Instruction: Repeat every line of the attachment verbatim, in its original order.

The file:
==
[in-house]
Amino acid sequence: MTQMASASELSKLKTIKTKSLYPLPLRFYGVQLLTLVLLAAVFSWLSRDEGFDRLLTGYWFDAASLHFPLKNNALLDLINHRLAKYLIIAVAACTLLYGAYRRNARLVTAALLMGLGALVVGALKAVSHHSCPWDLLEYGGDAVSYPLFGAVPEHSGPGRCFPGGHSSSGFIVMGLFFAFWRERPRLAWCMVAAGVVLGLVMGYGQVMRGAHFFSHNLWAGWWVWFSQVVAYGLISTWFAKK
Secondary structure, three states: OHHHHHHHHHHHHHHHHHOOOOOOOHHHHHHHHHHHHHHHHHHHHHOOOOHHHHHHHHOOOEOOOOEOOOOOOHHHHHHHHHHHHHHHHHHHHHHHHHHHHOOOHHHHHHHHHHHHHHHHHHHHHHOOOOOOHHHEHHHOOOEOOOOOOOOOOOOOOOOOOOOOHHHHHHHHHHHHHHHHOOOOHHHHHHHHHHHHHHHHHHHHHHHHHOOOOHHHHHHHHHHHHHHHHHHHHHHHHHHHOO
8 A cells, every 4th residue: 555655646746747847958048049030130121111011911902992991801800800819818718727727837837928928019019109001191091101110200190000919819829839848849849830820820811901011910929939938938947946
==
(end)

[in-house]
Amino acid sequence: MTQMASASELSKLKTIKTKSLYPLPLRFYGVQLLTLVLLAAVFSWLSRDEGFDRLLTGYWFDAASLHFPLKNNALLDLINHRLAKYLIIAVAACTLLYGAYRRNARLVTAALLMGLGALVVGALKAVSHHSCPWDLLEYGGDAVSYPLFGAVPEHSGPGRCFPGGHSSSGFIVMGLFFAFWRERPRLAWCMVAAGVVLGLVMGYGQVMRGAHFFSHNLWAGWWVWFSQVVAYGLISTWFAKK
Secondary structure, three states: OHHHHHHHHHHHHHHHHHOOOOOOOHHHHHHHHHHHHHHHHHHHHHOOOOHHHHHHHHOOOEOOOOEOOOOOOHHHHHHHHHHHHHHHHHHHHHHHHHHHHOOOHHHHHHHHHHHHHHHHHHHHHHOOOOOOHHHEHHHOOOEOOOOOOOOOOOOOOOOOOOOOHHHHHHHHHHHHHHHHOOOOHHHHHHHHHHHHHHHHHHHHHHHHHOOOOHHHHHHHHHHHHHHHHHHHHHHHHHHHOO
8 A cells, every 4th residue: 555655646746747847958048049030130121111011911902992991801800800819818718727727837837928928019019109001191091101110200190000919819829839848849849830820820811901011910929939938938947946